You have estate documents: a will and/or trust, and powers of attorney. Great! But do you have a plan? Have you looked at your documents, and your assets, to make sure that everything works together? In Nevada, how property passes at death is controlled by how it is titled, or by whether it has a pay-on-death designation. Your estate documents will only apply to things either titled or passing through your Trust, or to those things that simply will not transfer on their own and would have to go through probate.
Setting up your estate documents is a huge first step. However, if you do not examine how your property is held then those documents may simply never be used. Your emotionally, and sometimes costly, effort will go to waste.
This is why I tell my clients that “funding” your plan is the most important step in creating and carrying out an estate plan. Funding is simply the process of making sure your property is titled, or will pay on death, in a way that is consistent with your last will and testament and your trust. Let me be clear: everyone needs to do funding. Whether you have a will, or a trust, you need to check how your assets are titled to ensure that it will pass according to your wishes with as little cost and delay as possible. Additionally, properly funding your plan will enable your loved ones to seamlessly take care of you during any period of incapacity or disability.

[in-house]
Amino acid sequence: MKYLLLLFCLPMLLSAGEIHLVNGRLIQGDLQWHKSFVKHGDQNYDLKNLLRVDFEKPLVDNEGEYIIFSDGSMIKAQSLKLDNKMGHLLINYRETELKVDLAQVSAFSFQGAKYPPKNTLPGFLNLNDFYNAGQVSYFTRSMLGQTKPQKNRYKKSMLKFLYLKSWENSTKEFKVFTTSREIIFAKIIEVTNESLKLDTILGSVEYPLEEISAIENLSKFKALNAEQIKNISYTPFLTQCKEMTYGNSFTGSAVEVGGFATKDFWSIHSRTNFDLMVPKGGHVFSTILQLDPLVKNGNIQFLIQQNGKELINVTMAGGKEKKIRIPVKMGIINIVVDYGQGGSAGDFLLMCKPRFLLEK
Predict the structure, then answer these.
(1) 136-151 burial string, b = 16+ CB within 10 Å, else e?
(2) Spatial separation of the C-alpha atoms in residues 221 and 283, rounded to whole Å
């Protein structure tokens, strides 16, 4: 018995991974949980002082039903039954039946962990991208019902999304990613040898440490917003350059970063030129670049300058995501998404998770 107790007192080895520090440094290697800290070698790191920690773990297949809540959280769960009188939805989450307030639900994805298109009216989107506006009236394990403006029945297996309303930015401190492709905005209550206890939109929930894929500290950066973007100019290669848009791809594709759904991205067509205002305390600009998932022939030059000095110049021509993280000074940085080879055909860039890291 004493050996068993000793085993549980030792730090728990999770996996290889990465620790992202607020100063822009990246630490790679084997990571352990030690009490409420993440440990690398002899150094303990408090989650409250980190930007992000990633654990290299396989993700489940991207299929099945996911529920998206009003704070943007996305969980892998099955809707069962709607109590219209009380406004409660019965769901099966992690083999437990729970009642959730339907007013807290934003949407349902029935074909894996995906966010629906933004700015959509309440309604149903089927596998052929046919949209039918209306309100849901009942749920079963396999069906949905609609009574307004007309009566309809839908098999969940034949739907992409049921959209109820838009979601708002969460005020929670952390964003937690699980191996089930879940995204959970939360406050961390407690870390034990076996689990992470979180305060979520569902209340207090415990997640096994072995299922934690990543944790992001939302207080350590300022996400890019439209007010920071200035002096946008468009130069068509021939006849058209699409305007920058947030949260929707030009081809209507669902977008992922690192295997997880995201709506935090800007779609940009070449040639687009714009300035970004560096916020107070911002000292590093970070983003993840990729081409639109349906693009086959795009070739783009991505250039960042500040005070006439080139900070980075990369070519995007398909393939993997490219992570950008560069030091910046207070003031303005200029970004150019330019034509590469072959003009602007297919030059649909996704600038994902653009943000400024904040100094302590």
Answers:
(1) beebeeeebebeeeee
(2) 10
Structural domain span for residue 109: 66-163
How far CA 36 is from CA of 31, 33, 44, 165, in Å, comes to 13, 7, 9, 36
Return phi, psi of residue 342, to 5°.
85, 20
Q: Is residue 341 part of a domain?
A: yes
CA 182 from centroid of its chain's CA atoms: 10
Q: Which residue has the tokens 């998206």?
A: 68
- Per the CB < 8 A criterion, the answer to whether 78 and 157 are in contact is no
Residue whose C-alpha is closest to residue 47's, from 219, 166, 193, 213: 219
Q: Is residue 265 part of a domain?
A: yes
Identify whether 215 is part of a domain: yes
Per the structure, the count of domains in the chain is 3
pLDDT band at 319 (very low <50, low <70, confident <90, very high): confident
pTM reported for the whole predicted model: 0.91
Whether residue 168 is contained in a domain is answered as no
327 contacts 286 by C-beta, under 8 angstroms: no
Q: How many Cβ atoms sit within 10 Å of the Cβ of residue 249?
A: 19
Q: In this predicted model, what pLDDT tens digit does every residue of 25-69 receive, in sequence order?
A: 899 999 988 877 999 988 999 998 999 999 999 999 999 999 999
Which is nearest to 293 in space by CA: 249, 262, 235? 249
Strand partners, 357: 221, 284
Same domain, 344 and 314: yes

Over the next few weeks, we’ll examine some of the basics of “funding” your estate plan. It is easy to ignore this vital step, especially after you have expended the energy just to get your documents done. I caution you to check the funding of your assets annually to ensure that they still do what you want, and that it carries out your plan.
Cassandra Jones is an elder law and family law attorney in Gardnerville. She can be reached at 782-0040.